Overwhelming Cravings for Fattening Things

I’m currently obsessed with all things coconut.  I love the smell, the texture, and the flavor.  I realize it’s strange to love coconut so much.  This week, I indulge in coconut cake and then, as if that weren’t enough to ruin my weight-loss plan, I must have coconut ice-cream.

Last night, I actually dream of eating coconut cream pie.  

This morning at church, I ask the ladies for their help in managing my coconut addiction.  It’s a horrible thing to love:  even in just one small cup of the stuff, I’m eating so many calories and fat that it’s hard to justify.

I actually pray about this.

Later, I’m out running errands with my daughter, and we’re about to stop for a fun treat.  Immediately, I imagine us eating coconut cake, and I know just where to get some.  Instead, my daughter asks for a treat in the form of crafts: new markers that you can twist and blend together. 

I’m stuck longing for that fluffy white coconut confection that I won’t be getting.  

I have to find some coconut, or I just might die. 

In the craft store, my daughter points to a rack of candy.  Small and unassuming, a package of tiny coconut candies from Belgium sits.  Because of portion size, this coconut treat represents a reasonable, low calorie, and remarkably low-fat little treat.

Back in the car, I have just one, and I’m satisfied.

Living with flair means I have to remember that I don’t need to gobble the whole cake or scoop out mounds of ice cream.  I can find healthy alternatives in small portions.  When the craving hits, I know what to do.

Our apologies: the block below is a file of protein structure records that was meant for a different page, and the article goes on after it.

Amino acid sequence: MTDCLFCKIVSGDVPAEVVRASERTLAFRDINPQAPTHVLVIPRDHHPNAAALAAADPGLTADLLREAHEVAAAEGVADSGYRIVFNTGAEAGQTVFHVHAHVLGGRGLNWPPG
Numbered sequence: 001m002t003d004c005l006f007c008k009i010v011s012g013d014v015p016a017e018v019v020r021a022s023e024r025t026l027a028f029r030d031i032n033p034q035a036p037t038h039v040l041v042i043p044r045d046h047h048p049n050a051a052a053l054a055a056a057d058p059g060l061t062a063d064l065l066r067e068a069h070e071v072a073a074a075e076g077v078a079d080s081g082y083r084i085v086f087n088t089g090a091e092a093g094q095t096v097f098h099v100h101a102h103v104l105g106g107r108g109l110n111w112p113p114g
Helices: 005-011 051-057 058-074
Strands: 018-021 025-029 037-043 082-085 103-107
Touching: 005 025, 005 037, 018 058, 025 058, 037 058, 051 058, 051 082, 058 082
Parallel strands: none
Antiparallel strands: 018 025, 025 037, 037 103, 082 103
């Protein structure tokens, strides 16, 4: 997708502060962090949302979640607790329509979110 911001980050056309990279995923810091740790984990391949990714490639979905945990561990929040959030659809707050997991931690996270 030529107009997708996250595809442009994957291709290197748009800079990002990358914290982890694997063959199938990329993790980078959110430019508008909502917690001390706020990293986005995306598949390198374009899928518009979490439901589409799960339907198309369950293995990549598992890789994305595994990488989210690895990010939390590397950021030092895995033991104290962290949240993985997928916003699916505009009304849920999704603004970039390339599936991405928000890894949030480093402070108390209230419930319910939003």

That leaves me time to get to the good stuff:  drawing pictures with my daughter’s new blending markers.

Journal:  I’ve learned in my Weight Watcher’s meetings about “substitutions” for my favorite unhealthy snacks.  Instead of potato chips, I can grab a healthy substitution like air-popped popcorn or pretzels.  What “substitutions” can I make for other unhealthy food, thoughts, or behaviors?

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  1. Long time reader, first time responder. I've really enjoyed the daily journal self questions at the bottom of posts lately. One thing that I saw in the journal question today though gave me pause. The part about substituting something more healthy for a craving. In my experience when I've tried to do a piece of fruit instead of cake, etc, I just wind up eating the fruit and then much later the cake as well. What I have found more helpful is to ask why do I want the cake? Very rarely am I hungry for the cake itself. I eat emotionally or out of boredom. I think we eat for taste and not substance. What is the connection between quantity and taste? How come one bite of something is often not enough for a craving but eating a whole piece, or multiple pieces is also not necessarily a good idea.

  2. Jaclyn, this is SO TRUE! If I eat fruit when I really want cake, I always find the cake later. Maybe I need to think more about my substitution theory. At least in terms of coconut, the little candies did satisfy me and I didn't want the cake. I like how you said we eat for taste. We do. Maybe my coconut obsession is a longing for something else. Maybe I need a trip to a tropical paradise!

  3. I hear you with the coconut obsession! I love all things coconut. Are the little candies you found called Rafaella? Those are great little treats.